CHEYENNE -- As the next step in the Wyoming Game and Fish Department’s collaborative process to update the chronic wasting disease management plan, the department recently held five public meetings across the state to provide information and hear the public’s thoughts about how to manage the disease in Wyoming.

The meetings, held in Laramie, Casper, Sheridan, Worland, and Pinedale, drew 147 people who engaged in a facilitated dialogue with Game and Fish personnel on their concerns and how to best address them.

“Any successful management for CWD will require a significant commitment from our public, and we were pleased to see such a good turnout at the meetings,” said Mary Wood, Game and Fish state wildlife veterinarian. “It’s critical to continue to have engagement and support from the public as we look towards sustainable management for cervid populations in the face of CWD.”

Wyoming Game And Fish Department
Wyoming Game And Fish Department

Game and Fish, with the University of Wyoming Ruckelshaus Institute, Haub School of Environmental and Natural Resources, fielded a wide range of questions about the chronic wasting disease, including surveillance, carcass disposal, population management, and education topics.

“The questions that were asked are really important because they give us an idea on how Game and Fish, and the nation, is doing on educating people about CWD,” said Janet Milek, Game and Fish public information specialist in Casper. “The input from these meetings will help us mold future communications, further understanding of the disease, and learn what types of management might be supported by the public.”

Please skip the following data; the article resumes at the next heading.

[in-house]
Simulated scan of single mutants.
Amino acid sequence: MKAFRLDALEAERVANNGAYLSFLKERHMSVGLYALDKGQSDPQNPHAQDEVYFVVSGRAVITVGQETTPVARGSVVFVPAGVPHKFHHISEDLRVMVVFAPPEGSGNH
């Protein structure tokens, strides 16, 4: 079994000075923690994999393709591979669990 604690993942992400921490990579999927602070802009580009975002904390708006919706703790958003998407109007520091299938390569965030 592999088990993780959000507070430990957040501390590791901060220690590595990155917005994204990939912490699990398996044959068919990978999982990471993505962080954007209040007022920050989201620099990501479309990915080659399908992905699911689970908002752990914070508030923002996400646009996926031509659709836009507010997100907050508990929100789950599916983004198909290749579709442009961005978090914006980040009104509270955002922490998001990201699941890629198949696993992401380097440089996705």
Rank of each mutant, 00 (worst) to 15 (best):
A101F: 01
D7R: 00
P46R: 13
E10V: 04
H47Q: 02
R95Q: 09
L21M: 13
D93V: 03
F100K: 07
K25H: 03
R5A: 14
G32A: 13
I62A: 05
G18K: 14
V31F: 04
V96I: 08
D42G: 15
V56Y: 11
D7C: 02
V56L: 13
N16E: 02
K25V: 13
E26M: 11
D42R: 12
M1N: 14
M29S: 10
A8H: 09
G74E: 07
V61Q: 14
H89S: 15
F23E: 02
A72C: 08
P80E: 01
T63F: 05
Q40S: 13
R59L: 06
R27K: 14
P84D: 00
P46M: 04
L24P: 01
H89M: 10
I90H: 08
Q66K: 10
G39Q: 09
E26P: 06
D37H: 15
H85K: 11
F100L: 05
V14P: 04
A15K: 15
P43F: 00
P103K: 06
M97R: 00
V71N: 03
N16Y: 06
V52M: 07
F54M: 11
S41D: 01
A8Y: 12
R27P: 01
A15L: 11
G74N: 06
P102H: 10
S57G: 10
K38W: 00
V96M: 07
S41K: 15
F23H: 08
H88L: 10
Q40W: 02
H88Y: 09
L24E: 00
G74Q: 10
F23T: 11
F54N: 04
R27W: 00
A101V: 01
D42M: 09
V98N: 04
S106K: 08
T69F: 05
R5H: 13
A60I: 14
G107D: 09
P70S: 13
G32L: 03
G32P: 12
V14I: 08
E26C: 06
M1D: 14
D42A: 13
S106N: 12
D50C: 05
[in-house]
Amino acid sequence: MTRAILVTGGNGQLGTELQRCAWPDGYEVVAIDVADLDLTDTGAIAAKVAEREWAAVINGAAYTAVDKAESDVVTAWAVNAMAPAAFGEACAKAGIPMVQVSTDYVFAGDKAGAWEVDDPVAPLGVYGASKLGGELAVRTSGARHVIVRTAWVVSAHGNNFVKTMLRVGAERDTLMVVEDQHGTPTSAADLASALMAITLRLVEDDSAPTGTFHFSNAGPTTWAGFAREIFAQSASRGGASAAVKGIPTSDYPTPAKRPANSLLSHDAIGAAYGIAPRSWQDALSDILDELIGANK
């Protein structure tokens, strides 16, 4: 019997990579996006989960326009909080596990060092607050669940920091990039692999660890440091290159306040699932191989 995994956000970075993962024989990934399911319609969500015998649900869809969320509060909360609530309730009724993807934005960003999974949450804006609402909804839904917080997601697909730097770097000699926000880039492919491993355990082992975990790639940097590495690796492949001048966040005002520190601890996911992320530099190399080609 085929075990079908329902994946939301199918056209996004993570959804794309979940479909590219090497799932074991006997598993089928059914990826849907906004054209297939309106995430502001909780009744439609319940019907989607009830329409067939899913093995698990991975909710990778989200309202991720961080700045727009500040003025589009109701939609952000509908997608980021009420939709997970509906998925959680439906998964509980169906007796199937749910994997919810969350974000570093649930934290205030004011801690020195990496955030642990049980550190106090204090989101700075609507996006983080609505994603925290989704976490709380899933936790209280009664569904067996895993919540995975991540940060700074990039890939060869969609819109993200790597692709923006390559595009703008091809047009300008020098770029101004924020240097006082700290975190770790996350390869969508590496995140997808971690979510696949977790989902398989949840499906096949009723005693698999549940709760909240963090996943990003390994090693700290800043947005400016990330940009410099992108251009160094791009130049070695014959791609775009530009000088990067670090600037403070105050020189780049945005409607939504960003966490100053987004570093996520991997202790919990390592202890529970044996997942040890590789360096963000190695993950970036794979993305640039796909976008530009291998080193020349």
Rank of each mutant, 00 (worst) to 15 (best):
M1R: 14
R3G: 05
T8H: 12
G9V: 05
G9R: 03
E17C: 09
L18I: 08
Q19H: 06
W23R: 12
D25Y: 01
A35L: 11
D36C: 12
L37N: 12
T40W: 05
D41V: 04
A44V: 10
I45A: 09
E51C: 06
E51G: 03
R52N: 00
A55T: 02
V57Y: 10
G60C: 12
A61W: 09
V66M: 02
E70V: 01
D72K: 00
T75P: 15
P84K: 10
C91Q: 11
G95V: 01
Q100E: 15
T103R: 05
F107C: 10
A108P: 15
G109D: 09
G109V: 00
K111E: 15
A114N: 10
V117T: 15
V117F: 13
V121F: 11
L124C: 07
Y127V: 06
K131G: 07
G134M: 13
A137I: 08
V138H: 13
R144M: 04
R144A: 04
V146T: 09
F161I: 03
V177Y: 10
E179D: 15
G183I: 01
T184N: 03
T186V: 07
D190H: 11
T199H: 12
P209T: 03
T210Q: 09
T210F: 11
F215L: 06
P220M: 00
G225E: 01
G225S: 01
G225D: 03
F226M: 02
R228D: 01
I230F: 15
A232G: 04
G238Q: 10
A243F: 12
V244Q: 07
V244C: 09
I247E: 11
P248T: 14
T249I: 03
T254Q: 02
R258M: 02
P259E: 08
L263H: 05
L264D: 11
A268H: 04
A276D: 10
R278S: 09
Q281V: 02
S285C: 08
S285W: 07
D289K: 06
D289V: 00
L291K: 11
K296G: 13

In attendance at each meeting were members of the CWD working group, a Game and Fish-appointed team who is charged with making recommendations to update the department’s CWD management plan.

“Working group members who attended are well-versed in the public’s thoughts and will use that information when considering recommendations,” Milek said.

Dr. Matt Kauffman, assistant professor at the University of Wyoming, leads the Wyoming Cooperative Fish and Wildlife Research Unit where he and his team of graduate students carry out a wide range of research on elk, moose, wolves, deer, and bighorn sheep. The research unit primarily focuses on migration patterns. He said they haven’t done a lot of work in the area of CWD detection, but he does have concerns.

“Occasionally we work on a herd that’s kind of on that frontier. We partner with the state vet labs to sample those animals. There has been a concern of whether the migratory routes of herds can essentially be a vector of the disease. There is definitely potential there, but that is not a connection that we have made,” said Kauffman.

“Right now, the big concern is whether or not CWD will get into the feed grounds and what the dynamics of the disease will be when that happens. Of course, we have CWD endemically in deer and elk in southeastern Wyoming, and the populations do grow a little less robustly because of the Chronic Wasting Disease, but there are still viable populations, they still produce a harvestable surplus – many people hunt deer and elk in southeast Wyoming.

“But the feed grounds are a little bit of a different situation, with higher densities, and most likely, higher transmission rates as well. It’s the big question: What will happen if CWD gets up into the feed grounds?”

The working group is set to meet monthly in July, August, and September to learn more about CWD and develop outcomes for the plan that are both rooted in science and the public’s input. A draft of the plan will be available for public review and comment in December with another round of five public meetings in Casper, Laramie, Sheridan, Worland, and Pinedale. After the input is integrated by the group in February, the revised draft CWD management plan will be presented to the Game and Fish Commission for their review and approval in March 2020.

For those unable to attend in-person, a recording from the Laramie meeting is available online and anyone can watch and submit comments. All comments from the website will be made available for the working group to read.


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